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December 5, 2020

Home-based workers

Opinion

December 5, 2020

In 2018, the Sindh government had promulgated two labour enactments for the welfare of neglected segments of society.

One was the Sindh Empowerment of ‘Persons with Disabilities’ Act, 2018 and the other was the Sindh Home-Based Workers Act, 2018. Although a federal law called the Disabled Persons (Employment and Rehabilitation) Ordinance, 1981 exists, the Sindh law is comprehensive and guarantees persons with disabilities those benefits and privileges that are available to the able-bodied industrial workers.

Besides, the Sindh government is the first among the provinces to have passed the Home-Based Workers Act, 2018. In Punjab, the draft of a similar act was finalized in 2015; however, since then the Punjab Home-Based Workers Bill, 2015, has been pending in the legislative committee of their labour department.

Home Based Workers (HBWs) refer to the general category of workers, who work in the informal or unorganized sector carrying out remunerative work. They work from their home or any nearby premises for any industry, undertaking, commercial establishment, contractor, sub-contractor, an agent or a middleman.

There are two main types of HBWs. One is piece-rate workers, who work for an employer and an intermediary. The others are ‘own account workers’, who work and do their marketing themselves. Piece-rate workers are paid a piece rate, according to the number of items produced. They do not have any direct contact with markets for the goods they produce.

Piece-rate workers have to arrange for raw material and other related tools and bear all infrastructure costs to produce goods. These workers are engaged in chains of production, both local (sewing, packing, prawn shelling, Incense stick i.e. agar batti and bidi making etc.) and international (carpet weaving, shoe making, embroidery, football and volleyball making etc.).

The ‘own account workers’ are generally in direct contact with the market and buy their own raw material. They face direct competition from large firms and don’t have easy access to credit. Their economies of scales are lower and their cost of production is usually high.

On November 11, 2020, a memorandum of understanding was signed for the registration of home-based workers in Sindh. This MOU is between the Home-Based Women Workers Federation (HBWWF) and the labour and human resources department of Sindh. There are 100 million home-based workers in the world and 50 million of them are based in South Asia alone. The exact data of the number of home-based workers in Pakistan, is not yet known. Informal estimates indicate that there are 20 million HBWs in Pakistan, of which 12 million are women. The registration of such workers in pursuance of the MOU will facilitate in knowing their precise number.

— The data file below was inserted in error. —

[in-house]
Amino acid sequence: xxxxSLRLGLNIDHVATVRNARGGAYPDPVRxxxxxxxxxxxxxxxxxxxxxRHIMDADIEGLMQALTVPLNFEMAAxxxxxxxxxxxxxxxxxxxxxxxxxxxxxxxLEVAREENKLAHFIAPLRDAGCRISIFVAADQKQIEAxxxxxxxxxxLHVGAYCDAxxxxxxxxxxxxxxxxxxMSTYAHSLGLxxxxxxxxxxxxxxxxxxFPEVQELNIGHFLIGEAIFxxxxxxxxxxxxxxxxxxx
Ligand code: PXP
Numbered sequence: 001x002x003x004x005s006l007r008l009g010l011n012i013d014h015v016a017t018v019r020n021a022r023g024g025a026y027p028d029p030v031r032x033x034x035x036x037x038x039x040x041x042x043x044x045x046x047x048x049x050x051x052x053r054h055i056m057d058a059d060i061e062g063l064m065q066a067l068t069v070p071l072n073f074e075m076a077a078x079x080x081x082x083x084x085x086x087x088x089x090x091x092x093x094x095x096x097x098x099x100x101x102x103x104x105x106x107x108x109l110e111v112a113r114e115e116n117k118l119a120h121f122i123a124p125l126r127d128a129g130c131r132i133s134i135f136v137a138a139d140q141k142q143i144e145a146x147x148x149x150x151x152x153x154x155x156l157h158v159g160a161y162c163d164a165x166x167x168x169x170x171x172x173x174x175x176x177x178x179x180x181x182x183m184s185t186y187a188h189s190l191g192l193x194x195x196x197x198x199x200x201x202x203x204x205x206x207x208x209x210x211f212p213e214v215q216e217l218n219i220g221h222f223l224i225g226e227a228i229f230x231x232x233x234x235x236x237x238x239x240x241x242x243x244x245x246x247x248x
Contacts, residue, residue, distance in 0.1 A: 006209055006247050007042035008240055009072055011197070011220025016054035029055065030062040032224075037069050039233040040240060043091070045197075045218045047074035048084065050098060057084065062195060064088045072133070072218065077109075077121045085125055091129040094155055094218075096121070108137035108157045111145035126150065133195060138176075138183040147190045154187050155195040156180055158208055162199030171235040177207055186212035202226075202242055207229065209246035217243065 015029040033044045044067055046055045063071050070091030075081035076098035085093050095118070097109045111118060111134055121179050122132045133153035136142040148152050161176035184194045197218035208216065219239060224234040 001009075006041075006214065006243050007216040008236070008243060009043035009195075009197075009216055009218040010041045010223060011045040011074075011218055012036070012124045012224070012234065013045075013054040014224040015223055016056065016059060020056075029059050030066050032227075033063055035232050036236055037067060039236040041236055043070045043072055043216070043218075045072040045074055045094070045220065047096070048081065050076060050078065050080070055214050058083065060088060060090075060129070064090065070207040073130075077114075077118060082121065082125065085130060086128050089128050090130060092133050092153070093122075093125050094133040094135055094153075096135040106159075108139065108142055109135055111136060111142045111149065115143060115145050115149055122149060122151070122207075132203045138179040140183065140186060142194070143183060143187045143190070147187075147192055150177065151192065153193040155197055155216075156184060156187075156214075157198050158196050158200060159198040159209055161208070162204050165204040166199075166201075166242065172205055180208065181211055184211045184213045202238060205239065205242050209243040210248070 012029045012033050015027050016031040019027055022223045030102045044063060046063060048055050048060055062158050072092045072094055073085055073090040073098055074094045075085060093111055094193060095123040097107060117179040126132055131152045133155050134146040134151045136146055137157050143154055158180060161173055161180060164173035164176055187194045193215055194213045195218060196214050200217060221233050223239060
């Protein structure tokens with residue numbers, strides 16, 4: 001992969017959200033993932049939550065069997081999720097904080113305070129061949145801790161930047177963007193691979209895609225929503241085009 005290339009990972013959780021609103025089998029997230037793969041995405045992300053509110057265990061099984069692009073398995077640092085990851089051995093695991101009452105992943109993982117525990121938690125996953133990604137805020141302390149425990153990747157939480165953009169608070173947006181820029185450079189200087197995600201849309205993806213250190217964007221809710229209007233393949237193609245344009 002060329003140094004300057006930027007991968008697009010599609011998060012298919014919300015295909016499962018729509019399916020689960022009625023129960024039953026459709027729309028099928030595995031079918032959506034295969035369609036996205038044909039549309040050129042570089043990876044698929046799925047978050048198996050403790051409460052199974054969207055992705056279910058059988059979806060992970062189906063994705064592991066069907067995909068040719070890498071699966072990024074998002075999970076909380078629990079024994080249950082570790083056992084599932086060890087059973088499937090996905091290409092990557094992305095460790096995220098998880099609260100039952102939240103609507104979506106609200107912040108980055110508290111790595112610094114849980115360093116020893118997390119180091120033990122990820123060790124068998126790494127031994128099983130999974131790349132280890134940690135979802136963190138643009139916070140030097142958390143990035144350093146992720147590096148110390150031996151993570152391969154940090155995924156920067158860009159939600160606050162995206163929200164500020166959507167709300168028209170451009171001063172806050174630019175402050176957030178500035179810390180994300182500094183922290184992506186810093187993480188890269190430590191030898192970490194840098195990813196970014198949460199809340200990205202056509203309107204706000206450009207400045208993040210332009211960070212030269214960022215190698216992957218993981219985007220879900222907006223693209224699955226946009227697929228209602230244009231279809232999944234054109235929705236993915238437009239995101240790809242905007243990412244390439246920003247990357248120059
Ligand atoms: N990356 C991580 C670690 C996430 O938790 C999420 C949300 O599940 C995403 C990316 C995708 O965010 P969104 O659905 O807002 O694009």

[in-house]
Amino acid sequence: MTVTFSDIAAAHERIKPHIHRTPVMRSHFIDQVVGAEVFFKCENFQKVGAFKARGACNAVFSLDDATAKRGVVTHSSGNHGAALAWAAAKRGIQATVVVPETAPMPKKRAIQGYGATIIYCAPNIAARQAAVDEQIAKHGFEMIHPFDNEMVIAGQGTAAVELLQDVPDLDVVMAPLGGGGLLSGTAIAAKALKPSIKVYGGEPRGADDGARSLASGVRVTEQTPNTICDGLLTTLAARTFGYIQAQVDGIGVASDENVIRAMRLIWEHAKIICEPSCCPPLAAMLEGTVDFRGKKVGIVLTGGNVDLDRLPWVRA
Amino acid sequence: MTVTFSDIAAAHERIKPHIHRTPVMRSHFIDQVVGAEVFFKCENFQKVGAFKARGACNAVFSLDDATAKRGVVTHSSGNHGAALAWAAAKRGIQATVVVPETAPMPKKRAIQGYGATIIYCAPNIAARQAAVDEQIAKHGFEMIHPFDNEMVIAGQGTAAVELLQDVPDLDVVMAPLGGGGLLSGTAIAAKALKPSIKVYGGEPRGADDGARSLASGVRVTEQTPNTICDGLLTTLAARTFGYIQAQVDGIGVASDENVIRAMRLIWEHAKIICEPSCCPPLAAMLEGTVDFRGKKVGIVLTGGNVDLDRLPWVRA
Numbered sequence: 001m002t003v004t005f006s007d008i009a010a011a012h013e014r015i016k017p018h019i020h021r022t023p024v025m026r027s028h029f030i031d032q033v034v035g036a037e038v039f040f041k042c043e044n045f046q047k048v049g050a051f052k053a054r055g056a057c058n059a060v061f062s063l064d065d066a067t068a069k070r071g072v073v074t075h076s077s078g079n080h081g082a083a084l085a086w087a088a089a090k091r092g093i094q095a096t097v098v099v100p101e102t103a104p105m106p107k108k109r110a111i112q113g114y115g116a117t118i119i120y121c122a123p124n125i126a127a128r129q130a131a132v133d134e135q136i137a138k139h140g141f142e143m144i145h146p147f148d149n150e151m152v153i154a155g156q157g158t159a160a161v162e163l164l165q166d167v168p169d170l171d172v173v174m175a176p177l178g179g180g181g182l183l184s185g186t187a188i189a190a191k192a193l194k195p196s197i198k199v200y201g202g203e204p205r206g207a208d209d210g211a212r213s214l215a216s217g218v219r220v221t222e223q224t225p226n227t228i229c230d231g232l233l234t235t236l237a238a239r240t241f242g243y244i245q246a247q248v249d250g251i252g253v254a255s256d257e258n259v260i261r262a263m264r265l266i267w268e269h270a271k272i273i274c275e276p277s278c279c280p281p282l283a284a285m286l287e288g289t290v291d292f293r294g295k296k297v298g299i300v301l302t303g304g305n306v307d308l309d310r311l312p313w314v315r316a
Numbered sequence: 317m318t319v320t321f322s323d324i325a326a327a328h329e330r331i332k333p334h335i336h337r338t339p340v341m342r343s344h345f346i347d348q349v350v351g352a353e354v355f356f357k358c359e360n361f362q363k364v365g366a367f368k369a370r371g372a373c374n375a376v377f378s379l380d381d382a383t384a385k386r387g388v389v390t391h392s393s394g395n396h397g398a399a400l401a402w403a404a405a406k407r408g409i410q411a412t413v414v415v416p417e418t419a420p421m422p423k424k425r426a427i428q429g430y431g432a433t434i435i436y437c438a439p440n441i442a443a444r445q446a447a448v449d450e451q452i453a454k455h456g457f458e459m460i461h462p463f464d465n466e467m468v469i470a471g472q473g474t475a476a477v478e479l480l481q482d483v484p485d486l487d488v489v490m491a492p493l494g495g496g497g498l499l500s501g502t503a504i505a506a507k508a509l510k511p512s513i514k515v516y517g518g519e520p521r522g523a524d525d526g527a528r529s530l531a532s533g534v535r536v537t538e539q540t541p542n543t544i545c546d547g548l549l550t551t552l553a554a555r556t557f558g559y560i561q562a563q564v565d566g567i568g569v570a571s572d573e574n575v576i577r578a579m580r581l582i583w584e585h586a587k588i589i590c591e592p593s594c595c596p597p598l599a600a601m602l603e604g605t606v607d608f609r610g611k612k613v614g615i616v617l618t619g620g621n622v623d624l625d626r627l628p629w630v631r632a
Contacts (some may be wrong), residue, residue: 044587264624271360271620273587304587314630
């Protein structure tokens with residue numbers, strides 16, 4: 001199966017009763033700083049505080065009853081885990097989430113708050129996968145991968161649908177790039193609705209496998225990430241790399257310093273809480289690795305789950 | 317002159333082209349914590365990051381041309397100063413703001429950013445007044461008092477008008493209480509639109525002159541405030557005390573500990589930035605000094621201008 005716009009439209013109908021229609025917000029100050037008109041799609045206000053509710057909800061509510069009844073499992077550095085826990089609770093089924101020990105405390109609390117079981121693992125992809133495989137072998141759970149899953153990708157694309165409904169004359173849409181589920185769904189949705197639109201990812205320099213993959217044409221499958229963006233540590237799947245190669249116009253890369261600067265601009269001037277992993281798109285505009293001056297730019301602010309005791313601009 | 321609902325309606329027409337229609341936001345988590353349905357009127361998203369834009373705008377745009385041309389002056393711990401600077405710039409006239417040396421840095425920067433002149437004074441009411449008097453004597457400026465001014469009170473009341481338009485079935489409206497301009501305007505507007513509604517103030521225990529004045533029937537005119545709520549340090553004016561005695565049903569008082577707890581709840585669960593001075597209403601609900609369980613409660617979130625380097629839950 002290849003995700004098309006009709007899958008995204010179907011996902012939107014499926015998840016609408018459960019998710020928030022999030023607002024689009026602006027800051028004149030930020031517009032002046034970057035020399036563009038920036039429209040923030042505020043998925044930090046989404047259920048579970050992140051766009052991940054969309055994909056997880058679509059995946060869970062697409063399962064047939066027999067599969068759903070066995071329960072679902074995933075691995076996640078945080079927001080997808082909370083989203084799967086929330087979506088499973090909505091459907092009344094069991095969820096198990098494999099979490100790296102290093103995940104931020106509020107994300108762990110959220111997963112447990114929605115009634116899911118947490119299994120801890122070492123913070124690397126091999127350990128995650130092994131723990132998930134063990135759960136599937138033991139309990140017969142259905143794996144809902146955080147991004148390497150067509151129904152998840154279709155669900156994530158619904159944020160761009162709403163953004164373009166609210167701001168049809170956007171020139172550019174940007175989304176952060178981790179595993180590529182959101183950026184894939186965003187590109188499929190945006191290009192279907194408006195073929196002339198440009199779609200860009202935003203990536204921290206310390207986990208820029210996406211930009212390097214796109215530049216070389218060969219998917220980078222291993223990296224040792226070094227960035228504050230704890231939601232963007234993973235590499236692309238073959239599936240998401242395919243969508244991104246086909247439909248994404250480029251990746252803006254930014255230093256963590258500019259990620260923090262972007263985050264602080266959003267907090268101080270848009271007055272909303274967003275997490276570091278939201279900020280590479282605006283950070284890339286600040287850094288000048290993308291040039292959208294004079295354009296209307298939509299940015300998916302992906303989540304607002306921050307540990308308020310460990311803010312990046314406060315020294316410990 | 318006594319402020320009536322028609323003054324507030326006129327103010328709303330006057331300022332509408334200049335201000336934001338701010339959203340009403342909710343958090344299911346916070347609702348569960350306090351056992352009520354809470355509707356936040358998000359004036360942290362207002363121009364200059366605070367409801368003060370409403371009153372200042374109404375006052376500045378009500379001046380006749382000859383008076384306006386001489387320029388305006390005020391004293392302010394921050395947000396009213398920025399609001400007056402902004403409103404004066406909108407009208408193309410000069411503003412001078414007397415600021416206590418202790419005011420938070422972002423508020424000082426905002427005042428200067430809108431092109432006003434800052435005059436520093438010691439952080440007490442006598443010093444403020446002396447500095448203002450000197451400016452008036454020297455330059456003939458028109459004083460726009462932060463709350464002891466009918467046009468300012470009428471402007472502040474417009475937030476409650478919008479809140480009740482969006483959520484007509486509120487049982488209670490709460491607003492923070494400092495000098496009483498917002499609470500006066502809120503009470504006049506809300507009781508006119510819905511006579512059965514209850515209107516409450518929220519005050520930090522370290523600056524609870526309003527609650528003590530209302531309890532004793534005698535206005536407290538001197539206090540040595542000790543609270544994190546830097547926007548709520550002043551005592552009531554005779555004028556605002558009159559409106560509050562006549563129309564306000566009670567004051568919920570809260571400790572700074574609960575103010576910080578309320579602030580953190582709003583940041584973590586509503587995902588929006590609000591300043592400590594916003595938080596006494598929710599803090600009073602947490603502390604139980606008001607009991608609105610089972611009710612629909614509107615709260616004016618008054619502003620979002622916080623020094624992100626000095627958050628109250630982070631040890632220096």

After long efforts by the Self-Employed Women Association (SEWA) and International Alliance by HBWs (HomeNet), the ILO adopted the Home Work Convention No C177, in 1996. This convention has not yet been ratified by Pakistan. However, provisions of the Sindh Home-Based Workers Act, 2018, have been derived from it.

The convention aspires to promote equality of treatment between homeworkers and other wage earners, taking into account the special characteristics of home work. It broadly prescribes the rights and entitlements of homeworkers, which the ILO member countries ratifying the Convention, have to provide to them through their respective legislations.

Among others, the convention aims to provide to homeworkers the following: (a) the right to establish or join organizations of their own choosing – labour unions; (b) protection in the field of occupational safety and health; (c) remuneration; and (d) statutory social security protection etc.

The convention expects homeworkers to negotiate the terms and conditions of their employment with the employer and reach collective agreement, like other industrial workers. Besides, the government is required to set up an arbitration forum for the settlement of disputes referred to it by the homeworkers or their employers.

The Sindh Act of 2018 has included all the above-mentioned provisions and tends to adopt the ILO Convention in totality. However, it is mandatory for HBWs to get themselves registered in order to get benefits provided under the Act.

The Act guarantees every registered HBW entitlement to all those social, medical and maternity benefits, compensations and marriage and death grants as are available to other industrial workers under the labour laws. The Act provides the same rate of minimum wage for them as for other wage earners.

Despite the above, it will be a challenging task for the government to regularize and bring improvements in the employment conditions of HBWs due to the following: One, HBWs are invisible to policymakers and law-makers. Two, insecure and hazardous workplaces. Three, loose time-keeping systems. Four, no checks and controls over working hours, which are usually long. Five, low wages, which are also not paid in time. Six, no organized labour union and no collective bargaining. Seven, the actual number of HBWs not known. Eight, dependence on middlemen. And nine, women workers that have weak bargaining positions to get a good price for their work.

In view of the foregoing facts, the Sindh government – and especially rights activists – will have to closely monitor compliance with the statutory provisions and ensure that the objectives of the Act are achieved in letter and spirit.

The writer is an industrial relations professional and teaches labour welfare laws at IBA.

Email: [email protected]